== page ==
As a resident of NYC, I feel the need to be like everyone else in the city and share my thoughts on Christo and Jeanne-Claude's "The Gates." This public art exhibition consisted of 7.503, 16-foot tall "gates" lining 23 miles of Central Park and was on display for 16 days this February. The inception of this public spectacle was dreamed up 25 years ago and the eccentric, artist couple had been fighting NYC bureaucratic red tape to realize it ever since. The Christos spent approx. $21 million of their own money (no sponsorhips or donations). That dedication and commitment to a vision alone had me awestruck.
Then there's the actual work itself! Everyone seems to have their opinion on The Gates. Some feel like it was a letdown compared to the Christos' past works (e.g. Wrapped Reichstag, Surrounded Islands, the Umbrellas, or Pont Neuf Wrapped). Some think it looks more like a construction site than an aesthetic...it's evident that the project makes for an easy target of satire and criticism. Others simply don't see the point at all.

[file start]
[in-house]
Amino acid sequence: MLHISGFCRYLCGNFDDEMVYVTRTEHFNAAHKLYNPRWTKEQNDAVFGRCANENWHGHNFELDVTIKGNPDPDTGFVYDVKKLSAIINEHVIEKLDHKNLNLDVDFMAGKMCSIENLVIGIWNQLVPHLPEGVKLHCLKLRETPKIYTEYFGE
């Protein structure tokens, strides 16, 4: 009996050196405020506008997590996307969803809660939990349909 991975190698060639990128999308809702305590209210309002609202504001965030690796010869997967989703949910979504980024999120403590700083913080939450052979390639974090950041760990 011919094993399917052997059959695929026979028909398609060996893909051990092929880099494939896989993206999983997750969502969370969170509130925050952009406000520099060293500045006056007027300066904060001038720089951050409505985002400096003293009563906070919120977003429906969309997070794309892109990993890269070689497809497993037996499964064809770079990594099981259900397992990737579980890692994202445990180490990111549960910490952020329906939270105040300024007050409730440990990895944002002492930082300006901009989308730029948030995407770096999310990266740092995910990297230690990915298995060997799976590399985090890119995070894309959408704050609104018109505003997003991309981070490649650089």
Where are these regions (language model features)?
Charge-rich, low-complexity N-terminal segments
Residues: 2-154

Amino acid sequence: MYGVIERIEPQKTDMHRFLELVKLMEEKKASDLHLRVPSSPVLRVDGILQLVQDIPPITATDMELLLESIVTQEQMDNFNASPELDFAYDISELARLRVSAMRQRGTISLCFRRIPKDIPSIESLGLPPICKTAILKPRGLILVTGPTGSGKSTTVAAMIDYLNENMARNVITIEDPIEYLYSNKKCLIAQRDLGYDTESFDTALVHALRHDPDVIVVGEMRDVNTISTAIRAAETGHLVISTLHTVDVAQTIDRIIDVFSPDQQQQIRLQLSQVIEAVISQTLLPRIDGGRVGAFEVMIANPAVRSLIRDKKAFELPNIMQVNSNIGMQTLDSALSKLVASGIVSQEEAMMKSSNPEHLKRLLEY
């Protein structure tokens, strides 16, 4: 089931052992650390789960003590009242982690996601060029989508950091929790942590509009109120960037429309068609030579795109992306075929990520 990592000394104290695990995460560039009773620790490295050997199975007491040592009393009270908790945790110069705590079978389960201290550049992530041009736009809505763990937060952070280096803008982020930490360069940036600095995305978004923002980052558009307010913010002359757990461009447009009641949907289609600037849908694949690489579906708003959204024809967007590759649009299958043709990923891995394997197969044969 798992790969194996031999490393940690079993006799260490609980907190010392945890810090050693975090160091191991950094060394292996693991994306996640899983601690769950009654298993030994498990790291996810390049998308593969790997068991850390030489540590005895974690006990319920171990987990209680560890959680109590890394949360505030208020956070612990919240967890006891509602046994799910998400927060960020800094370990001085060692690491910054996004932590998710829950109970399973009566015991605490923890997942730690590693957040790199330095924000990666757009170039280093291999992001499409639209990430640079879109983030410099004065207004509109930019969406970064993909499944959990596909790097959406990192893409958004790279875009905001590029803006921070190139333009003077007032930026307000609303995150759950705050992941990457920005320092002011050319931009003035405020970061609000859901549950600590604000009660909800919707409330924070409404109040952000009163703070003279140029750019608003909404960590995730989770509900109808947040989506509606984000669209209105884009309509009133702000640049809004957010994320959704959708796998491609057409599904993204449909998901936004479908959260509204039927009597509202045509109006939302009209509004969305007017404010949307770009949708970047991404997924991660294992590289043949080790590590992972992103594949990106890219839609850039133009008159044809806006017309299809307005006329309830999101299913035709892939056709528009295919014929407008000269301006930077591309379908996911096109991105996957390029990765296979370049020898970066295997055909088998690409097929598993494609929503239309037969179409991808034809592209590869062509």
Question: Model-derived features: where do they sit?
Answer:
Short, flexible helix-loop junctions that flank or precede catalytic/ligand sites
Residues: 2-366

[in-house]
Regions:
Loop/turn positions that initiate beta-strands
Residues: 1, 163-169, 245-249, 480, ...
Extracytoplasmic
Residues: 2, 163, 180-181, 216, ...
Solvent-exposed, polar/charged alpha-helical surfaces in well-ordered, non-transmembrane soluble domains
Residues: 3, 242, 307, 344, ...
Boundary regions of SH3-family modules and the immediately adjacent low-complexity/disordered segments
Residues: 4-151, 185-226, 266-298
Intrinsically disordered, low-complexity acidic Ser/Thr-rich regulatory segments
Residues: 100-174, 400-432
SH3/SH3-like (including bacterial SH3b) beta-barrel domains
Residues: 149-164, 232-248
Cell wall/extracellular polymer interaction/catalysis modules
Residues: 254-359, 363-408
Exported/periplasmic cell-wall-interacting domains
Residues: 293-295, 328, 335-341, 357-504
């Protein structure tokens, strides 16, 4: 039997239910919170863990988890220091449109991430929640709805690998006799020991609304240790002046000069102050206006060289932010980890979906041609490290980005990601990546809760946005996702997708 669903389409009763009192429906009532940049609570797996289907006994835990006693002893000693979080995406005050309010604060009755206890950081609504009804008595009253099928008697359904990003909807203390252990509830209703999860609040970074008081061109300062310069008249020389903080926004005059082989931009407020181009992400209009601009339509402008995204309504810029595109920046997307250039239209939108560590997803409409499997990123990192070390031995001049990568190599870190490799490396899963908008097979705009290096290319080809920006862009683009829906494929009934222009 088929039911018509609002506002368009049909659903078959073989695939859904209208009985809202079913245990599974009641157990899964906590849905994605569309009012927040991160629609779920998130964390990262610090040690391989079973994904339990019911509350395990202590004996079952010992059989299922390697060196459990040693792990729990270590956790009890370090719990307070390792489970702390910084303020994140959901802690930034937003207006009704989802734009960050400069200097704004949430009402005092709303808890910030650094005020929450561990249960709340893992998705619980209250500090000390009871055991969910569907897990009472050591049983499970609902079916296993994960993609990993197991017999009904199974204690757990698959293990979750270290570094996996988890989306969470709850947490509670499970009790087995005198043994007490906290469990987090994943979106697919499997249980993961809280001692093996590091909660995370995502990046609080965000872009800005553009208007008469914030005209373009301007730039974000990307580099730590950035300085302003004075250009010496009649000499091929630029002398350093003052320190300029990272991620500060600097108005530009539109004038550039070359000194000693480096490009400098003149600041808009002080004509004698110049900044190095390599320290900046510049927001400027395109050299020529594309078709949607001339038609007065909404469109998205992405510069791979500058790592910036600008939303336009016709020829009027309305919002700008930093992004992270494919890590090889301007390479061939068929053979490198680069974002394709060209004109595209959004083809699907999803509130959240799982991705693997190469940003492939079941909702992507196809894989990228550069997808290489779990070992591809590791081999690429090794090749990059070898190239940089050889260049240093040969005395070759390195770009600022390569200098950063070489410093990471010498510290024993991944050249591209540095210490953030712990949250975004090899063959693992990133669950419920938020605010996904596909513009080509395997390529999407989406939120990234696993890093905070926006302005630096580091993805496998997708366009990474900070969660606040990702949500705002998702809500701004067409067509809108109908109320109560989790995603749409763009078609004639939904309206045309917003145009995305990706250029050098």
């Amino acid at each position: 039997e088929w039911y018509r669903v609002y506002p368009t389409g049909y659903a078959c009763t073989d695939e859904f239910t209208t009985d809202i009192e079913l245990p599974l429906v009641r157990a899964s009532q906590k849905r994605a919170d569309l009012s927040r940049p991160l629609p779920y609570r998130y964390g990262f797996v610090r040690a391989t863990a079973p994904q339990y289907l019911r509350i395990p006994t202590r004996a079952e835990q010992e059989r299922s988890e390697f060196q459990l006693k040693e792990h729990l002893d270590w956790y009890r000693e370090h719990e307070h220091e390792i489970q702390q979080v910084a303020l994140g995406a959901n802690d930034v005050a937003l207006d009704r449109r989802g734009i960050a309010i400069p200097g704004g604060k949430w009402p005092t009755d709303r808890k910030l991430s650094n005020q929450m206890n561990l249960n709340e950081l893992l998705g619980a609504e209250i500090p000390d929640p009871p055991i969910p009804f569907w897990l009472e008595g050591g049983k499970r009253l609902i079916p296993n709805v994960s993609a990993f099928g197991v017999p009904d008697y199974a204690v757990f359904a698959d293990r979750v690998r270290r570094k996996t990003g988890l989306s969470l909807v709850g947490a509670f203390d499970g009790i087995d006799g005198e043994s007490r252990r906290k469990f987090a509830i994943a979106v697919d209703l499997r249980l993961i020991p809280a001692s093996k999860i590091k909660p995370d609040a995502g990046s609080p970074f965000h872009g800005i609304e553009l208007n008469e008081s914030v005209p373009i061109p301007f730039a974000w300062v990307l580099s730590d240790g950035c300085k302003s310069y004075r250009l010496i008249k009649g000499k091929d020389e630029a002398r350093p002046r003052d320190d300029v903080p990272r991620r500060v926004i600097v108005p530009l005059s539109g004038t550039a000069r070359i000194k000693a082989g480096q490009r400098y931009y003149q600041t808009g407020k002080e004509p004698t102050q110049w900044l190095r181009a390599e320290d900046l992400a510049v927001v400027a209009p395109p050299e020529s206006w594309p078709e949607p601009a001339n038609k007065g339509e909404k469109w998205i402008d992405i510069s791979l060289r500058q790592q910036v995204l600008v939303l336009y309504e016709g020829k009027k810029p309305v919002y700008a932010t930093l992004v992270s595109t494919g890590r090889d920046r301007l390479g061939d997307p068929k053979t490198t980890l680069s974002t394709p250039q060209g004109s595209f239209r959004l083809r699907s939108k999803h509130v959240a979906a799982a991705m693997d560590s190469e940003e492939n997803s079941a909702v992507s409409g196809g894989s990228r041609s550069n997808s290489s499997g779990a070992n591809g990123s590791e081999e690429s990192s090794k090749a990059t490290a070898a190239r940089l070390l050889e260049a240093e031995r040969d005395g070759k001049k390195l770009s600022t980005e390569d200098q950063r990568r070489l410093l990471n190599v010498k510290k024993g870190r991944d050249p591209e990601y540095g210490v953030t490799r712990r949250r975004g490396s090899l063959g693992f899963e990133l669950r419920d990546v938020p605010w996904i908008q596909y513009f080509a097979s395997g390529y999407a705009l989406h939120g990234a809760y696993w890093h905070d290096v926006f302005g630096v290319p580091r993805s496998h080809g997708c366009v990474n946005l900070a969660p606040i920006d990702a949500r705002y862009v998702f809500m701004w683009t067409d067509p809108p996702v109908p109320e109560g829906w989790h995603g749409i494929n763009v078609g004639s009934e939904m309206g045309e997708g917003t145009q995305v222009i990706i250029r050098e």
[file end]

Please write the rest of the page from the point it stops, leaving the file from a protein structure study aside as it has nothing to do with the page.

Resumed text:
On the two occassions I took a walk through the Gates, I honestly felt all of the above. I think my instinct as a pretentious, culture-poseur type was to intellectualize the experience and think "What, that's it?" But the pure visceral experience was one of true amazement by the project's scale and sheer audacity. Let me whip out the cliche book and say that I really felt like a kid again, strolling around in a park with really large objects. Walking through the Gates was simply (and there has to be a better way to put it, but whatever), "really cool." Moreover, there was a vitality to the Park that probably isn't very common in the forgotten, dreary month of February.
Approximately 4 million people visited The Gates, with about 1.5 million coming from out of town. A capitalistic, cynical type may argue that the revenue generated from the tourism drawn from the Gates (estimated at $254 million) is the only value of this ostentacious work. Whether people liked it or not, I think that the Gates were indeed a true work of art, eliciting strong reactions and inciting discussion among friends and strangers. If only people had the same ability to react and interact in passionate, yet respectful ways regarding other topics like religion and politics!
p.s. Enjoy the pictures!